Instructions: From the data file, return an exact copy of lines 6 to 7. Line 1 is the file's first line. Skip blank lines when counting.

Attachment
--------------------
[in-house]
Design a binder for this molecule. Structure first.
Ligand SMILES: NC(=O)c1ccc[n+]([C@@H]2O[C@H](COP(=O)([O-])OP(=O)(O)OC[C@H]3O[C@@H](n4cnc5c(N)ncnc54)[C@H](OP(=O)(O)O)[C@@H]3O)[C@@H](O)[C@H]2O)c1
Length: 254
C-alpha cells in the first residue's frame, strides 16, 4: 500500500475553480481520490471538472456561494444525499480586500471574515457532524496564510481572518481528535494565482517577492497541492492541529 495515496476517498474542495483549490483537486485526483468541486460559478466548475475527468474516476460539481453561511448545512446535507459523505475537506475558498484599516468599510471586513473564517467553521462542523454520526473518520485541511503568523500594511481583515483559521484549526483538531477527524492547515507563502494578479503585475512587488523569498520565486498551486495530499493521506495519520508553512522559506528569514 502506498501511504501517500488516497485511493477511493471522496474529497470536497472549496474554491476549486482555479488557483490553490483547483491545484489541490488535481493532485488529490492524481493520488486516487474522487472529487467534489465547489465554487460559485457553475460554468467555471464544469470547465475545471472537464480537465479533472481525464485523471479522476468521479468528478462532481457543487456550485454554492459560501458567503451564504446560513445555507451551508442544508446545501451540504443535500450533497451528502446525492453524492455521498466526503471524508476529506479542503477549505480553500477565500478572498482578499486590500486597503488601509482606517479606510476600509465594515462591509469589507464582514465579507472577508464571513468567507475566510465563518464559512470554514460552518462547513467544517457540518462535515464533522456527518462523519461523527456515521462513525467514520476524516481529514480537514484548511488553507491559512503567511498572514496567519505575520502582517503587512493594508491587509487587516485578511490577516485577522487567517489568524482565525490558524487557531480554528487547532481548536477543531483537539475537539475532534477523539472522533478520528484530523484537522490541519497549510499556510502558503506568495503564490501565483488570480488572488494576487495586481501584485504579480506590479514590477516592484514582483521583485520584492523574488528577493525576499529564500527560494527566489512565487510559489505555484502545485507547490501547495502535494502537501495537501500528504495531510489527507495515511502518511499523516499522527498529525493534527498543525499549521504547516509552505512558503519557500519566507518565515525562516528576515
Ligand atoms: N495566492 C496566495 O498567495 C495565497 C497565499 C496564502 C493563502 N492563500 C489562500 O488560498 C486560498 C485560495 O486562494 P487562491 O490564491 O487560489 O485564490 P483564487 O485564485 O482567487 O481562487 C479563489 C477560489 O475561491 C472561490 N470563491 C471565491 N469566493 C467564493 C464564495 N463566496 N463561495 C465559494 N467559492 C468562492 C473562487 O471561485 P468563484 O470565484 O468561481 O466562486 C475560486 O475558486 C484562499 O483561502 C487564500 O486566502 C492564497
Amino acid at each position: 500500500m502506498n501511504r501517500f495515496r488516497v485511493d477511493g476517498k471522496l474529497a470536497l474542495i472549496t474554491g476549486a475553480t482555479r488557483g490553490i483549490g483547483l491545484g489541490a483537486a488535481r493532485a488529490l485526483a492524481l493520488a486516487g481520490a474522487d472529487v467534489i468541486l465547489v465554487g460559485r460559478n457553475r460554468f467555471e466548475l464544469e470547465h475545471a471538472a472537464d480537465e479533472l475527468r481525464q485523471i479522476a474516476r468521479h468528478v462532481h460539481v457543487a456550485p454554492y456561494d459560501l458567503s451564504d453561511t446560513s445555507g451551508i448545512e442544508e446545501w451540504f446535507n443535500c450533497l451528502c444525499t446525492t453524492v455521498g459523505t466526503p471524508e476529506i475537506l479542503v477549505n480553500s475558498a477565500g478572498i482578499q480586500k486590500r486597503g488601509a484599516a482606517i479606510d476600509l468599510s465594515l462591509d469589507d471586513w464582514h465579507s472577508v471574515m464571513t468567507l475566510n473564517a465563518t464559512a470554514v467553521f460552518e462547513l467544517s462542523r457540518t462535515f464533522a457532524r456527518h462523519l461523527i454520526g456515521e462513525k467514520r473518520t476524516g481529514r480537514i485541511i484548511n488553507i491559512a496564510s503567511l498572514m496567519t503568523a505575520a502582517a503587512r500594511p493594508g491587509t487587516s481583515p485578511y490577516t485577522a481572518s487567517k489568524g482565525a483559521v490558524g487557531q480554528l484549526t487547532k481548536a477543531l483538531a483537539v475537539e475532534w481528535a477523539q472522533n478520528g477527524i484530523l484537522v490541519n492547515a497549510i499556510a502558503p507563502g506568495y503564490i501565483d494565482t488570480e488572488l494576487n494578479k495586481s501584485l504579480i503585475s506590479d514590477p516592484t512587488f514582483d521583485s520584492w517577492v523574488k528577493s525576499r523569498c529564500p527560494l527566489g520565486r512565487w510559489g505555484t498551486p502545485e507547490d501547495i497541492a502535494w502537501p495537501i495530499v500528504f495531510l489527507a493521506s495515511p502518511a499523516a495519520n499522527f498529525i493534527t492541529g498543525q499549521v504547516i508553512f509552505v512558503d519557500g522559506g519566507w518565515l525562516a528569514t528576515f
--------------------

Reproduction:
Ligand atoms: N495566492 C496566495 O498567495 C495565497 C497565499 C496564502 C493563502 N492563500 C489562500 O488560498 C486560498 C485560495 O486562494 P487562491 O490564491 O487560489 O485564490 P483564487 O485564485 O482567487 O481562487 C479563489 C477560489 O475561491 C472561490 N470563491 C471565491 N469566493 C467564493 C464564495 N463566496 N463561495 C465559494 N467559492 C468562492 C473562487 O471561485 P468563484 O470565484 O468561481 O466562486 C475560486 O475558486 C484562499 O483561502 C487564500 O486566502 C492564497
Amino acid at each position: 500500500m502506498n501511504r501517500f495515496r488516497v485511493d477511493g476517498k471522496l474529497a470536497l474542495i472549496t474554491g476549486a475553480t482555479r488557483g490553490i483549490g483547483l491545484g489541490a483537486a488535481r493532485a488529490l485526483a492524481l493520488a486516487g481520490a474522487d472529487v467534489i468541486l465547489v465554487g460559485r460559478n457553475r460554468f467555471e466548475l464544469e470547465h475545471a471538472a472537464d480537465e479533472l475527468r481525464q485523471i479522476a474516476r468521479h468528478v462532481h460539481v457543487a456550485p454554492y456561494d459560501l458567503s451564504d453561511t446560513s445555507g451551508i448545512e442544508e446545501w451540504f446535507n443535500c450533497l451528502c444525499t446525492t453524492v455521498g459523505t466526503p471524508e476529506i475537506l479542503v477549505n480553500s475558498a477565500g478572498i482578499q480586500k486590500r486597503g488601509a484599516a482606517i479606510d476600509l468599510s465594515l462591509d469589507d471586513w464582514h465579507s472577508v471574515m464571513t468567507l475566510n473564517a465563518t464559512a470554514v467553521f460552518e462547513l467544517s462542523r457540518t462535515f464533522a457532524r456527518h462523519l461523527i454520526g456515521e462513525k467514520r473518520t476524516g481529514r480537514i485541511i484548511n488553507i491559512a496564510s503567511l498572514m496567519t503568523a505575520a502582517a503587512r500594511p493594508g491587509t487587516s481583515p485578511y490577516t485577522a481572518s487567517k489568524g482565525a483559521v490558524g487557531q480554528l484549526t487547532k481548536a477543531l483538531a483537539v475537539e475532534w481528535a477523539q472522533n478520528g477527524i484530523l484537522v490541519n492547515a497549510i499556510a502558503p507563502g506568495y503564490i501565483d494565482t488570480e488572488l494576487n494578479k495586481s501584485l504579480i503585475s506590479d514590477p516592484t512587488f514582483d521583485s520584492w517577492v523574488k528577493s525576499r523569498c529564500p527560494l527566489g520565486r512565487w510559489g505555484t498551486p502545485e507547490d501547495i497541492a502535494w502537501p495537501i495530499v500528504f495531510l489527507a493521506s495515511p502518511a499523516a495519520n499522527f498529525i493534527t492541529g498543525q499549521v504547516i508553512f509552505v512558503d519557500g522559506g519566507w518565515l525562516a528569514t528576515f